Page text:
Spain barely approves austerity

The Spanish government passed its proposed austerity budget by just one vote earlier today. Failure to get the vote would have toppled the government and led to serious panic. We should definitely turn our attention to Spain now.  It’s not just the Greeks who are outraged by the austerity budgets they are due to experience. The Spanish are objecting too.

The Telegraph reports:

The bill was approved by 169 votes in favour to 168 against, after the opposition Popular Party voted against, even making sure one of its deputies was brought to the session in an ambulance.

It was only saved when 10 deputies from centre-right Catalan nationalists CiU abstained after criticising the bill, saying they did not want Spain to be plunged into a Greek-style crisis.

But CiU said they would not support the 2011 budget bill, Spanish news agencies reported, raising doubts over how Prime Minister Jose Luis Rodriguez Zapatero will be able to continue to steer his country through a time of crisis.

Much of this is clearly political posturing since it was the opposition Partido Popular who conducted the economy and pro-cyclical budgets through the economic boom period. But, the close vote reflects legitimate fears of citizens in a nation with 20% unemployment about the effects of an austerity budget on their economy. These fears have to be exacerbated by a knowledge that every European government is cutting spending as well, which will be a drag on the Spanish economy as well.

Honestly, it is doubtful that these austerity budgets can hold if we see this amount of angst at the outset. Perhaps devaluation can offset some of this. In any event, I will be on BNN at 12:15 PM ET talking about the Eurozone austerity budgets amongst other topics.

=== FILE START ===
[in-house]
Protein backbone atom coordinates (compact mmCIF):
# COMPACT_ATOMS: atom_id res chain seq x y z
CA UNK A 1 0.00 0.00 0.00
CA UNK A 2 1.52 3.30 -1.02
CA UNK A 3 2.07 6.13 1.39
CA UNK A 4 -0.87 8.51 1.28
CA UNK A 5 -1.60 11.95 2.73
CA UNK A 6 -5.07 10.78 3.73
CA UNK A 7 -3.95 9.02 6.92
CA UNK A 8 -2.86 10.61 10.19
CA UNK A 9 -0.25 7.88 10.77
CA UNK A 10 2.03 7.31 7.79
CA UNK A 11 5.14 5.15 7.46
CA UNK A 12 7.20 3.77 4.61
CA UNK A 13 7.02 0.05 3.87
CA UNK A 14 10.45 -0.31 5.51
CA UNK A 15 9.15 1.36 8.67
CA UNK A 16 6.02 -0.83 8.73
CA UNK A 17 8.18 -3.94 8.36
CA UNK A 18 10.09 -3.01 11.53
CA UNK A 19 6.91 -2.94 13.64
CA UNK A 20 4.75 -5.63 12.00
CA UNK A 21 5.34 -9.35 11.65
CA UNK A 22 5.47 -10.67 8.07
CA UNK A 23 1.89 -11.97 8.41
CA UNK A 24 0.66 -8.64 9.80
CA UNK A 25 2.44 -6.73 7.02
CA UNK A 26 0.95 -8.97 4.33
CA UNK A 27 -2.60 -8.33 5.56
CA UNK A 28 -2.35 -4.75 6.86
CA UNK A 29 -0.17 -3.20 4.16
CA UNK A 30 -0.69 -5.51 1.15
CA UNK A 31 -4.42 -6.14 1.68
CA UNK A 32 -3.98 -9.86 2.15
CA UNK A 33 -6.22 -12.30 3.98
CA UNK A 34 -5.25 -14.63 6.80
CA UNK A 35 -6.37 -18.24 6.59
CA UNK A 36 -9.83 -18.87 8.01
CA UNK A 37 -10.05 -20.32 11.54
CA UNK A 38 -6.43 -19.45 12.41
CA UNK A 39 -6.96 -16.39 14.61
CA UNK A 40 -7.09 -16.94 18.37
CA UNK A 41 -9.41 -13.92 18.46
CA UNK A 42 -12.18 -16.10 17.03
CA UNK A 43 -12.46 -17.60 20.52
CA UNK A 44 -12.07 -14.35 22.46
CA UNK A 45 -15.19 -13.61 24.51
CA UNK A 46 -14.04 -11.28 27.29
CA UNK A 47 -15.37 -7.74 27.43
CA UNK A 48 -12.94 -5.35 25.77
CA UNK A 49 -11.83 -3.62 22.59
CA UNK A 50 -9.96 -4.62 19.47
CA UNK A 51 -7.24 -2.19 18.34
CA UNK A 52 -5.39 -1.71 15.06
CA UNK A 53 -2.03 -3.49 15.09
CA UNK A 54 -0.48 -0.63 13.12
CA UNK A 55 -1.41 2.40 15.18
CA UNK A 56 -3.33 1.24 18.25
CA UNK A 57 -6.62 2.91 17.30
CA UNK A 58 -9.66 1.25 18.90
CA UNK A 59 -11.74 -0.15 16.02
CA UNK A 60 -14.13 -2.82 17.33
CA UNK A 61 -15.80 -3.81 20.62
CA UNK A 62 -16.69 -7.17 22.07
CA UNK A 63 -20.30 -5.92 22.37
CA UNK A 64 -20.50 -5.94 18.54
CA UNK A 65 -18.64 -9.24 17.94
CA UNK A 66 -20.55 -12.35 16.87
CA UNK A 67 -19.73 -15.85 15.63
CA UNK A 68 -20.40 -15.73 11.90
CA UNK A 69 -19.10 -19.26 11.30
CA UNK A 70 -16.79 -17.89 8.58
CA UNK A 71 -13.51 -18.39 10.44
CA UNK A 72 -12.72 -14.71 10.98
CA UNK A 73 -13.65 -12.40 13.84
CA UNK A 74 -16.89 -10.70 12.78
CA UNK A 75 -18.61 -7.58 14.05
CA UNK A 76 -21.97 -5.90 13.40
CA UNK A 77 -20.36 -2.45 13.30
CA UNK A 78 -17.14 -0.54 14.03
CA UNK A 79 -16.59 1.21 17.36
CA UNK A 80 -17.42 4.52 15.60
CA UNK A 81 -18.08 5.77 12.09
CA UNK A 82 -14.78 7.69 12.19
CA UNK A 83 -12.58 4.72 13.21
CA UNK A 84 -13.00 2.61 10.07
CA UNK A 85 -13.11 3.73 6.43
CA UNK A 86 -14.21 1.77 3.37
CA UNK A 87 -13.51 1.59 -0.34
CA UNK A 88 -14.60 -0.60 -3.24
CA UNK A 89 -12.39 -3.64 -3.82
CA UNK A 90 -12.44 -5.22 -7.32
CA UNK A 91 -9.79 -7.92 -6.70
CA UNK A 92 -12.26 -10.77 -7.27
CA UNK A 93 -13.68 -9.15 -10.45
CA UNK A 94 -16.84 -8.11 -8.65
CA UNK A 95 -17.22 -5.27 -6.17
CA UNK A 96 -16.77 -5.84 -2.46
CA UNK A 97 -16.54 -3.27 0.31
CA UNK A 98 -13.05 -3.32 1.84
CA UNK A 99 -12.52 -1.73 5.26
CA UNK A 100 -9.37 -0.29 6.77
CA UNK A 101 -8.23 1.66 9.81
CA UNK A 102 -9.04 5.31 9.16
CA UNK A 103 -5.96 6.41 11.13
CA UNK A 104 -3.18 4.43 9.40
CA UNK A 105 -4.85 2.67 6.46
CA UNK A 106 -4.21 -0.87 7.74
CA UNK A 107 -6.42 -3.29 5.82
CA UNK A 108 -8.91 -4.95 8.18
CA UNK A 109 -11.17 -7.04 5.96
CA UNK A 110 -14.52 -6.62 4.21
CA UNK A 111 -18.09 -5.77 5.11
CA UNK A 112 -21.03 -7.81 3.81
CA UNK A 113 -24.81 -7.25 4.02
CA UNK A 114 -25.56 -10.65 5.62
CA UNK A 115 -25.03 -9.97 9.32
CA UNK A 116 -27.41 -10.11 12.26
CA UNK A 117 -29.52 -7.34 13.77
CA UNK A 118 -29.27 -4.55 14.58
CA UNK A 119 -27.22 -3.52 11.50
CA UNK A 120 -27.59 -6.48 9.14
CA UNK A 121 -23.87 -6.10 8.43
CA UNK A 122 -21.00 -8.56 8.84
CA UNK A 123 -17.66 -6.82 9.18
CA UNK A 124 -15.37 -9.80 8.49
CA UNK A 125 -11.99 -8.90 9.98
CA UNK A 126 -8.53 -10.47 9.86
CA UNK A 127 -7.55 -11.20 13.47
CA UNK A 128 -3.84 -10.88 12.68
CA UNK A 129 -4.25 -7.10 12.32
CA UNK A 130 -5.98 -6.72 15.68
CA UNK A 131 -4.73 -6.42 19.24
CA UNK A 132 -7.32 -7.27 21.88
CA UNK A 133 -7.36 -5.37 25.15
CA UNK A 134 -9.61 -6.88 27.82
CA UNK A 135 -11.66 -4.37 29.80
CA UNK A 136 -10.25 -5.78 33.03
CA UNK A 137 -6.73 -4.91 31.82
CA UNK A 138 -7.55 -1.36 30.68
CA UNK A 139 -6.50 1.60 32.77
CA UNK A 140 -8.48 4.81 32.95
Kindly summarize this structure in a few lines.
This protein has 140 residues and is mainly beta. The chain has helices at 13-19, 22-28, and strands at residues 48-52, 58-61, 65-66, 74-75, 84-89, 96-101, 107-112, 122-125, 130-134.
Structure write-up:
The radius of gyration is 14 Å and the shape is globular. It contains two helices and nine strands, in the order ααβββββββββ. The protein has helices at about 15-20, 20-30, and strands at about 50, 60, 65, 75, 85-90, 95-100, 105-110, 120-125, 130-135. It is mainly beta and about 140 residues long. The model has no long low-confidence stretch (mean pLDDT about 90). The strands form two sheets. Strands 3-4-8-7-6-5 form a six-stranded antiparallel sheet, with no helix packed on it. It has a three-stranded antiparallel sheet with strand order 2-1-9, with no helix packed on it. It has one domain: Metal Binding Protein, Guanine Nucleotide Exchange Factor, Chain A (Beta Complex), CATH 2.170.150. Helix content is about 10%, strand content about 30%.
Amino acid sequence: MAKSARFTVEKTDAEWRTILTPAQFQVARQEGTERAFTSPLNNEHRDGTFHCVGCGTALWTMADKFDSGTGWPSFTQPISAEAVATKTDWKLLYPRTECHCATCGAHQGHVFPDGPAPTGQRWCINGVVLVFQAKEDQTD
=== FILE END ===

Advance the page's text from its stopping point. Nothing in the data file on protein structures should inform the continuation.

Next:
1. Coldcall says

    This is very significant. I am really surprised it was so close. Previously my view was that the Spanish are too wedded to the EU/euro bandwagon to make a big fuss and challenge EU/US diktats. Was the publicity of Obama calling Zapatero a good thing? I think they should have kept that quiet because it seemed like major US pressure forced Spain to act.

    One thing for sure is the economy in Spain is going to become painfully worse for quite a few years as they currently dont have enough alternative industry to subsidise the drop in property/constuction and tourism.

    So if anyting the dissent should become much more acute as the cuts and unemployment become chronicly ingrained in the Spanish economy.

    Its been almost a generation since the Spanish faced a severe downturn. This is going to be a first for many of them so unpredictable situation lies ahead.

  2. Tschäff Reisberg says

    bye bye what’s left of spain’s economy. Goodbye!

Comments are closed.

This website uses cookies to improve your experience. We'll assume you're ok with this, but you can opt-out if you wish. Accept Read More